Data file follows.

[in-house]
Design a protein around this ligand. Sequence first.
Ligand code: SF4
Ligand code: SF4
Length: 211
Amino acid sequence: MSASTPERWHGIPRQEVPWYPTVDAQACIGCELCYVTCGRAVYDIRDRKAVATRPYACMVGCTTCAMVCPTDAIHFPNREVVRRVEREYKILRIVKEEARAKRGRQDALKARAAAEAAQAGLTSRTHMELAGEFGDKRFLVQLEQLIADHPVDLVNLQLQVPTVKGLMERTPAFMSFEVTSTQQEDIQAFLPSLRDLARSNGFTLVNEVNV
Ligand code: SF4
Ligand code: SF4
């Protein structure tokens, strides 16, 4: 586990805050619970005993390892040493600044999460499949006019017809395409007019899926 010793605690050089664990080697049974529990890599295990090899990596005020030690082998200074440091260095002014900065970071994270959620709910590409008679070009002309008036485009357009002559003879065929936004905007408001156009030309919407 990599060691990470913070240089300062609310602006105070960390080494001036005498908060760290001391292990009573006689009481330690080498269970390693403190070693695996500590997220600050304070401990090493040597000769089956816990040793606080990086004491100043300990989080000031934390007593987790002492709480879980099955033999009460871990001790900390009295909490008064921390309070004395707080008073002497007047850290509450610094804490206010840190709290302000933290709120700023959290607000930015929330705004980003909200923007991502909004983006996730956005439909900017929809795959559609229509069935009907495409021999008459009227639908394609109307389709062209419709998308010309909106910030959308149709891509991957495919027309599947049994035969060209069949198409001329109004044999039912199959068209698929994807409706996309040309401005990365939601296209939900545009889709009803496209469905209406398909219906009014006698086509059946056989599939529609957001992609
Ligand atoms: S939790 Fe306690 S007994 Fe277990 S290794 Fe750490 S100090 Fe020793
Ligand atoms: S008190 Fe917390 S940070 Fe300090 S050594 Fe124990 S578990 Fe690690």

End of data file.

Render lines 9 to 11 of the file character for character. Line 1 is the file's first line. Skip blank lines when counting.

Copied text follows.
């Protein structure tokens, strides 16, 4: 586990805050619970005993390892040493600044999460499949006019017809395409007019899926 010793605690050089664990080697049974529990890599295990090899990596005020030690082998200074440091260095002014900065970071994270959620709910590409008679070009002309008036485009357009002559003879065929936004905007408001156009030309919407 990599060691990470913070240089300062609310602006105070960390080494001036005498908060760290001391292990009573006689009481330690080498269970390693403190070693695996500590997220600050304070401990090493040597000769089956816990040793606080990086004491100043300990989080000031934390007593987790002492709480879980099955033999009460871990001790900390009295909490008064921390309070004395707080008073002497007047850290509450610094804490206010840190709290302000933290709120700023959290607000930015929330705004980003909200923007991502909004983006996730956005439909900017929809795959559609229509069935009907495409021999008459009227639908394609109307389709062209419709998308010309909106910030959308149709891509991957495919027309599947049994035969060209069949198409001329109004044999039912199959068209698929994807409706996309040309401005990365939601296209939900545009889709009803496209469905209406398909219906009014006698086509059946056989599939529609957001992609
Ligand atoms: S939790 Fe306690 S007994 Fe277990 S290794 Fe750490 S100090 Fe020793
Ligand atoms: S008190 Fe917390 S940070 Fe300090 S050594 Fe124990 S578990 Fe690690």